I’d much rather eat clean and my family loves fruit and vegetables, but it is not cheap to buy mostly produce, etc.

    I’m not sure if you’ve posted about this, so I apologize if you have. If you have broached this subject, please let me know where I can find your post. Thanks so much! Love your blog!


  31. Kathleen says

    So what’s the best way to buy egg whites so we don’t have to throw away the yolks? Are any packaged egg white products okay?

  32. Sarah says

    I always buy “vegetarian fed” eggs, if I have to get them at the grocery store. I was dismayed to find that most chickens are fed feed that is comprised of “cow by-products”, which is not even NATURAL (by any stretch of the imagination).

    Look for eggs that are fed a vegetarian diet, i.e. what they should eat anyway…because chickens don’t eat cows.


  33. Kim says

    I had read that the eggs marked omega-3 are from chickens which were force-fed flax which is not part of their natural diet either. Do you know anything about that?

  34. Brian says

    I can’t find pastured eggs anywhere where I live for the life of me. When I ask a grocery store for it. They usually ask me “what brand is it?”. I say I don’t know because I never seen them in grocery stores. I only know the type. I also describe that they the yolk is orange and the hens aren’t in barns they are out in the open. They also eat bugs and not a lot of grains which is their natural diet. For now, I have to settle for organic eggs which is the next best thing.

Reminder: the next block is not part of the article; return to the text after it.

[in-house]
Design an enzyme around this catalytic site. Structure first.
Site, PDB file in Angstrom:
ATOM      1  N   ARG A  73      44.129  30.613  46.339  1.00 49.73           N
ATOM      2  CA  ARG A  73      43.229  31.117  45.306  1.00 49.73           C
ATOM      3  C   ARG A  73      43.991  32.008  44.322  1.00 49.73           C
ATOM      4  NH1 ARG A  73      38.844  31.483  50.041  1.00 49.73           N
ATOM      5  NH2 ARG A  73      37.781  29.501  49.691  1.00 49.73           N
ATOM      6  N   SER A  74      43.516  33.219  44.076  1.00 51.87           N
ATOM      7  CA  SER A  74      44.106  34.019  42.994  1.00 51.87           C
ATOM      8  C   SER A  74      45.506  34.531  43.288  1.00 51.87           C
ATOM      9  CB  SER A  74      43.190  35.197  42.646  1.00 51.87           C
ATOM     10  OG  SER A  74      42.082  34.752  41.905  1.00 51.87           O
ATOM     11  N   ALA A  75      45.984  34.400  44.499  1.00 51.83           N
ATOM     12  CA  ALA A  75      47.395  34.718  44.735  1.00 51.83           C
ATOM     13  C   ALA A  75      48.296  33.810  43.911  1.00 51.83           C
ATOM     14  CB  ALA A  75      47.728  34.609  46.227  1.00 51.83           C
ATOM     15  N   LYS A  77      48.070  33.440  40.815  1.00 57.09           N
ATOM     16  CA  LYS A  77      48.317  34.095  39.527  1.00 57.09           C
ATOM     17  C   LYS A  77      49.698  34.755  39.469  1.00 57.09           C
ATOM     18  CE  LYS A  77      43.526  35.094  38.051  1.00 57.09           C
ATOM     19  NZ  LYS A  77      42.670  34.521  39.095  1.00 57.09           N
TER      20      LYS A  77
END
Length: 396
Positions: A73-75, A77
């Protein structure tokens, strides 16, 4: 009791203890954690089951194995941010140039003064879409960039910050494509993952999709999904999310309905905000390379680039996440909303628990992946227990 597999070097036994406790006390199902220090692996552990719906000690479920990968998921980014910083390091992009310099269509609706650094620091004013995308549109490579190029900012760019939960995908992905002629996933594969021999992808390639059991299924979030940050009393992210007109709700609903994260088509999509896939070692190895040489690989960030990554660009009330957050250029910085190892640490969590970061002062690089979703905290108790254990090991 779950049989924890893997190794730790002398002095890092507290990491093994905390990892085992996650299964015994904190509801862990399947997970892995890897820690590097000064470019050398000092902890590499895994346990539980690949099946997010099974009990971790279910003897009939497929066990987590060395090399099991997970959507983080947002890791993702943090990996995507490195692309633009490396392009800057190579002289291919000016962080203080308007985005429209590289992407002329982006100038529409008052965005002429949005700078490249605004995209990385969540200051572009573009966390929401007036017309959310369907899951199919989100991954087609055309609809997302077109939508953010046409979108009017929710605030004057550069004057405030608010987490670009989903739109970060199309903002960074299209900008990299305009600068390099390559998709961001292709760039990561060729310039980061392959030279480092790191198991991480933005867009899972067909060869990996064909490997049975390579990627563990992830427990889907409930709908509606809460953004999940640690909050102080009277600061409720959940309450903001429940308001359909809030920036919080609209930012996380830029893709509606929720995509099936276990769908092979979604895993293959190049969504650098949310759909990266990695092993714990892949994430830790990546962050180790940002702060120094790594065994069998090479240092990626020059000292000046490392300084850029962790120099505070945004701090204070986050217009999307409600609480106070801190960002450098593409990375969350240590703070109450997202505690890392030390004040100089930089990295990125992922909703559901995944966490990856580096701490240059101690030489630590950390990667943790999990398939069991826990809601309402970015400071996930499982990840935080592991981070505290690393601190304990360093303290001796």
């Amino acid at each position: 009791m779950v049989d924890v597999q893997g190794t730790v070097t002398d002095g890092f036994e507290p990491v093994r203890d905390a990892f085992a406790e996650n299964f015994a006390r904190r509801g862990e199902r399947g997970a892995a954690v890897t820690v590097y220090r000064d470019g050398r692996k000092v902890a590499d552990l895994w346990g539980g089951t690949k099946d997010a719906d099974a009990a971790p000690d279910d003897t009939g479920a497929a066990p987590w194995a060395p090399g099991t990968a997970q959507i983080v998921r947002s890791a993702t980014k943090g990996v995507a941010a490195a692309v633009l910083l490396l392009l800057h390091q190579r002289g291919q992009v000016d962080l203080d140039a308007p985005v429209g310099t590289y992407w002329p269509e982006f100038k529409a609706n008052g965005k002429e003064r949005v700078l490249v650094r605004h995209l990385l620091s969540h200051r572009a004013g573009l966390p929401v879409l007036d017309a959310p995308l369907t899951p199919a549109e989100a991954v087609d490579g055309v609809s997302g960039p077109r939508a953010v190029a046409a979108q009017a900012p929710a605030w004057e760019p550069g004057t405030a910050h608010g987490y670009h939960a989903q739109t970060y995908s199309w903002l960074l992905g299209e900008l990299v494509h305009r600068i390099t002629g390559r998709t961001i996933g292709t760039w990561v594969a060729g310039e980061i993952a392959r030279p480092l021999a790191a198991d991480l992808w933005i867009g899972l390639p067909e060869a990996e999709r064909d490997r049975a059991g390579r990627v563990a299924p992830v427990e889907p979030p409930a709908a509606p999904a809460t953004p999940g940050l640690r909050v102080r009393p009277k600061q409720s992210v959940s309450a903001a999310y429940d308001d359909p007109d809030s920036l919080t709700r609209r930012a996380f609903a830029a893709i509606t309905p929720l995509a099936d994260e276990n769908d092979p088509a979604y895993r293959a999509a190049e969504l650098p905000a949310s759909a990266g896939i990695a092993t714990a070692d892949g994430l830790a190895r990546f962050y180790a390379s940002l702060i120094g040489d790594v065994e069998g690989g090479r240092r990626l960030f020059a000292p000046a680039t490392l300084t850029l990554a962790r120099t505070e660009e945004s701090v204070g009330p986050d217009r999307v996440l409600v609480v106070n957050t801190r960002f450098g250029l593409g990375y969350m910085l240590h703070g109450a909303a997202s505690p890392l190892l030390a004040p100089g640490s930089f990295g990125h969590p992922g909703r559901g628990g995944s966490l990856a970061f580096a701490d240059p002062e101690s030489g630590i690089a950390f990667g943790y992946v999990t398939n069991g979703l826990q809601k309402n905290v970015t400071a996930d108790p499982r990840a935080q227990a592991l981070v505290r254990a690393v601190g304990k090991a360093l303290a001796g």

35. says

    totally 1000% agree, when I sould buy regular organic eggs be it from Costco or Wholefoods…first of all I would get a stomach ache.After I found out more and learned more about this business I stopped eating eggs. I do not want soy! Until I met some farmers and ranchers local to my area, and began to order the foods they offered. One farmer actually raises worms for the chickens to eat, plus they eat other insects, forage thru cow dung, and some peas.They are always outside and happy .So I am grateful for these farmers…Faithful Farms thank you!!!!!

  36. Kris says

    I have yet to find solely pastured chickens. In Wisconsin I’m told they would freeze to death in the winter and are thus brought inside with grain feed. Are there folks that know of pastured chickens year round up north? Is that even possible?

  37. Marina says

    How about labels like humane certified humane, and kosher? Also what’s the political difference between vegetarian diet, grain fed, and whole grain fed? I assume whole grain fed means no corn. partially pastured eggs are fine for me btw.

  38. Jenny O'Neil Moreland via Facebook says

    I’m thankful to get my eggs from a local farmer. They are pastured, organic and soy free!

  39. Abra Morawiec via Facebook says

    Fortunately I work on an organic, pastured poultry farm and get eggs whenever I want ’em. They’re unbeatable and everything from the tall, orange yolk, and well-defined whites are traits I have never found in grocery store eggs or even “farm fresh” eggs from birds without free access to grasses and pasture.

  40. Tracy Yakemawiz DeCiancio via Facebook says

    Our local farmers sell them for between 2.50 to 4.00 a dozen. I love seeing the face if the person who provides our food :-)